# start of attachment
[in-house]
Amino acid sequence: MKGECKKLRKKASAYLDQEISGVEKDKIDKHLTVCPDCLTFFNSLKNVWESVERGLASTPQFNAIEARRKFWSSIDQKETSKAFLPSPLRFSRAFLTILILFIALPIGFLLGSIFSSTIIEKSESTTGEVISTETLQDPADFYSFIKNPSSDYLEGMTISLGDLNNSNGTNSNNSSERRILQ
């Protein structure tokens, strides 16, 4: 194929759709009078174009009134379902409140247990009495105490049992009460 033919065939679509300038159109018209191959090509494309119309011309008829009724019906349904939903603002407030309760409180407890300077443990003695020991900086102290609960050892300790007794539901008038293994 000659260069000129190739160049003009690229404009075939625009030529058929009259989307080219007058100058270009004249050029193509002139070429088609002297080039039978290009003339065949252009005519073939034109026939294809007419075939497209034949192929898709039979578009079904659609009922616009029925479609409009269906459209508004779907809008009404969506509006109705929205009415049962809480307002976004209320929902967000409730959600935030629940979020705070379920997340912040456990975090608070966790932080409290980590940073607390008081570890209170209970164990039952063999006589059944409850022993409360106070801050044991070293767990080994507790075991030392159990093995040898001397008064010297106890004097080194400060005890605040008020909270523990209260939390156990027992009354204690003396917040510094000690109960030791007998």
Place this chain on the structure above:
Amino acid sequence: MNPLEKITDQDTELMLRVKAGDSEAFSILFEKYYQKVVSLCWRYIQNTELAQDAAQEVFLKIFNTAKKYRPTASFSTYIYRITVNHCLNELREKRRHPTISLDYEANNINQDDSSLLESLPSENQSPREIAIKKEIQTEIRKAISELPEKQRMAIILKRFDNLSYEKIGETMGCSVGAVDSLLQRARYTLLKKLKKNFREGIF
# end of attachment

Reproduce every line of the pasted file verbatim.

[in-house]
Amino acid sequence: MKGECKKLRKKASAYLDQEISGVEKDKIDKHLTVCPDCLTFFNSLKNVWESVERGLASTPQFNAIEARRKFWSSIDQKETSKAFLPSPLRFSRAFLTILILFIALPIGFLLGSIFSSTIIEKSESTTGEVISTETLQDPADFYSFIKNPSSDYLEGMTISLGDLNNSNGTNSNNSSERRILQ
């Protein structure tokens, strides 16, 4: 194929759709009078174009009134379902409140247990009495105490049992009460 033919065939679509300038159109018209191959090509494309119309011309008829009724019906349904939903603002407030309760409180407890300077443990003695020991900086102290609960050892300790007794539901008038293994 000659260069000129190739160049003009690229404009075939625009030529058929009259989307080219007058100058270009004249050029193509002139070429088609002297080039039978290009003339065949252009005519073939034109026939294809007419075939497209034949192929898709039979578009079904659609009922616009029925479609409009269906459209508004779907809008009404969506509006109705929205009415049962809480307002976004209320929902967000409730959600935030629940979020705070379920997340912040456990975090608070966790932080409290980590940073607390008081570890209170209970164990039952063999006589059944409850022993409360106070801050044991070293767990080994507790075991030392159990093995040898001397008064010297106890004097080194400060005890605040008020909270523990209260939390156990027992009354204690003396917040510094000690109960030791007998």
Place this chain on the structure above:
Amino acid sequence: MNPLEKITDQDTELMLRVKAGDSEAFSILFEKYYQKVVSLCWRYIQNTELAQDAAQEVFLKIFNTAKKYRPTASFSTYIYRITVNHCLNELREKRRHPTISLDYEANNINQDDSSLLESLPSENQSPREIAIKKEIQTEIRKAISELPEKQRMAIILKRFDNLSYEKIGETMGCSVGAVDSLLQRARYTLLKKLKKNFREGIF